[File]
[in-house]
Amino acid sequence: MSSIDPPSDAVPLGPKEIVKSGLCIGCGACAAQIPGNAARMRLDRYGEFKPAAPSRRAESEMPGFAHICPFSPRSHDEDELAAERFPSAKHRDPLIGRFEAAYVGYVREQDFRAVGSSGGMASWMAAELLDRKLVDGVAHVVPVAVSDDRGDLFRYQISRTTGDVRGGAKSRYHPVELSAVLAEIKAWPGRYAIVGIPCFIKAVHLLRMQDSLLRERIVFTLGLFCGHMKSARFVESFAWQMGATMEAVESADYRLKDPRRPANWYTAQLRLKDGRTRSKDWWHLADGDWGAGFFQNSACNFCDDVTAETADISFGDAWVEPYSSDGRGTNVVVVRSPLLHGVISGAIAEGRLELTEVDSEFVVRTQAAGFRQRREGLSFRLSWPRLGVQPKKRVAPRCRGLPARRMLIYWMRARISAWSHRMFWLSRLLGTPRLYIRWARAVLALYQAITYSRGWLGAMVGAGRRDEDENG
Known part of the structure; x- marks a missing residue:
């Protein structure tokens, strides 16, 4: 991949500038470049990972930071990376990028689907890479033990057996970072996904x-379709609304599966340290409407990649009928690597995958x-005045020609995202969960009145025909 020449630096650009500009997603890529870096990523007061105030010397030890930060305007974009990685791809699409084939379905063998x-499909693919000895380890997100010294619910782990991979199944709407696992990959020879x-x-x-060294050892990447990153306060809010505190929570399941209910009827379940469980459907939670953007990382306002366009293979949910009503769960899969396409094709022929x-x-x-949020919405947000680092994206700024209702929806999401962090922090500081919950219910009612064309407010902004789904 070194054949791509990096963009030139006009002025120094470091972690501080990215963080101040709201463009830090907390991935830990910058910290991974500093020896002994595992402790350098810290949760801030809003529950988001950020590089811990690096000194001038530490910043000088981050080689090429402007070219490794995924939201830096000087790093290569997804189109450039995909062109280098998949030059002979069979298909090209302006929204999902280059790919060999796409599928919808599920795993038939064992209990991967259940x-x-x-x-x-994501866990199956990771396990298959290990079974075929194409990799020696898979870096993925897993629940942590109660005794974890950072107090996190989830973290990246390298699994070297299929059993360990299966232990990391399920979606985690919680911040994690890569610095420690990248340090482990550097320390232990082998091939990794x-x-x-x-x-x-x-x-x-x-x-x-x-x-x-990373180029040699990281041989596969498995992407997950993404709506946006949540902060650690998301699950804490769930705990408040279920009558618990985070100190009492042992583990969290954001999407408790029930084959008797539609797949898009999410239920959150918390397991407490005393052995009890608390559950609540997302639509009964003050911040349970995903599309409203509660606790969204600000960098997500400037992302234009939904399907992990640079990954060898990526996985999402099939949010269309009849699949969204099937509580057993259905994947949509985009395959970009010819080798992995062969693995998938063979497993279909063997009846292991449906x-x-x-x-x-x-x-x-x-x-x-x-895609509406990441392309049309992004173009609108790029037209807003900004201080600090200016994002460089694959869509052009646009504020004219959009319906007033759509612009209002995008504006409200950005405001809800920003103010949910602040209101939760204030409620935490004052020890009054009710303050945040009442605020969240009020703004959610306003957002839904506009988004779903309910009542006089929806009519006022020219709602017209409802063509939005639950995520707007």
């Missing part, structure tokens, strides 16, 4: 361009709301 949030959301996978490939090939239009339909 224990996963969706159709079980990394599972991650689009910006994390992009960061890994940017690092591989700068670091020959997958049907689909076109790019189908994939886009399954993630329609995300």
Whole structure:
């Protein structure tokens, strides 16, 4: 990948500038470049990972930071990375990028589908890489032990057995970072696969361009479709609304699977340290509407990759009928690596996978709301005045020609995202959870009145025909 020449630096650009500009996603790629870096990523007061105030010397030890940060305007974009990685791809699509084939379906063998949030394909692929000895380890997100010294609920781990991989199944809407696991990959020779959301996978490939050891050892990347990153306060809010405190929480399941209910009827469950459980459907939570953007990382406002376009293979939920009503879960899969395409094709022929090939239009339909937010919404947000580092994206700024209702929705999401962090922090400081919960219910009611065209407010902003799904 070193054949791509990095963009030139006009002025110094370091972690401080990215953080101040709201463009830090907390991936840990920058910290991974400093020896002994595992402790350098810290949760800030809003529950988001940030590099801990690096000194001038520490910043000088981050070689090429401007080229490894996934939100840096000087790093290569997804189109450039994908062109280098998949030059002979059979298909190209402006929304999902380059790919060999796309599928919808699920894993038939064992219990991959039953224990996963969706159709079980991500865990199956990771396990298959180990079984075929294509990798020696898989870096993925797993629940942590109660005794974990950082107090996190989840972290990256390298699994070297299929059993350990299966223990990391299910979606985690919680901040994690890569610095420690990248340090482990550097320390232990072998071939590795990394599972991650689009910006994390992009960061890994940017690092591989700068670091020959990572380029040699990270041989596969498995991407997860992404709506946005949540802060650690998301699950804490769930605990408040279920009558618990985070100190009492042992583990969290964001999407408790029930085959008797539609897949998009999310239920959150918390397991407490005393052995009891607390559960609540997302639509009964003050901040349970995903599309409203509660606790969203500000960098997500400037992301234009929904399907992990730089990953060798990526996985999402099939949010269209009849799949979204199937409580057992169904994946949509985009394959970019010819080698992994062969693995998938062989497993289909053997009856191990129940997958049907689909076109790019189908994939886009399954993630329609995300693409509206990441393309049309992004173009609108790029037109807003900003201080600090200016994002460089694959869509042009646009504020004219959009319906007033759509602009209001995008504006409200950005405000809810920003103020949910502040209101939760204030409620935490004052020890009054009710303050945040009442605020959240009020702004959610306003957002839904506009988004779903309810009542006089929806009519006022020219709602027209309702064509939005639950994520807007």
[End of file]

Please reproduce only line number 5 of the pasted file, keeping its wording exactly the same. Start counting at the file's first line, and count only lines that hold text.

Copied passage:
């Missing part, structure tokens, strides 16, 4: 361009709301 949030959301996978490939090939239009339909 224990996963969706159709079980990394599972991650689009910006994390992009960061890994940017690092591989700068670091020959997958049907689909076109790019189908994939886009399954993630329609995300």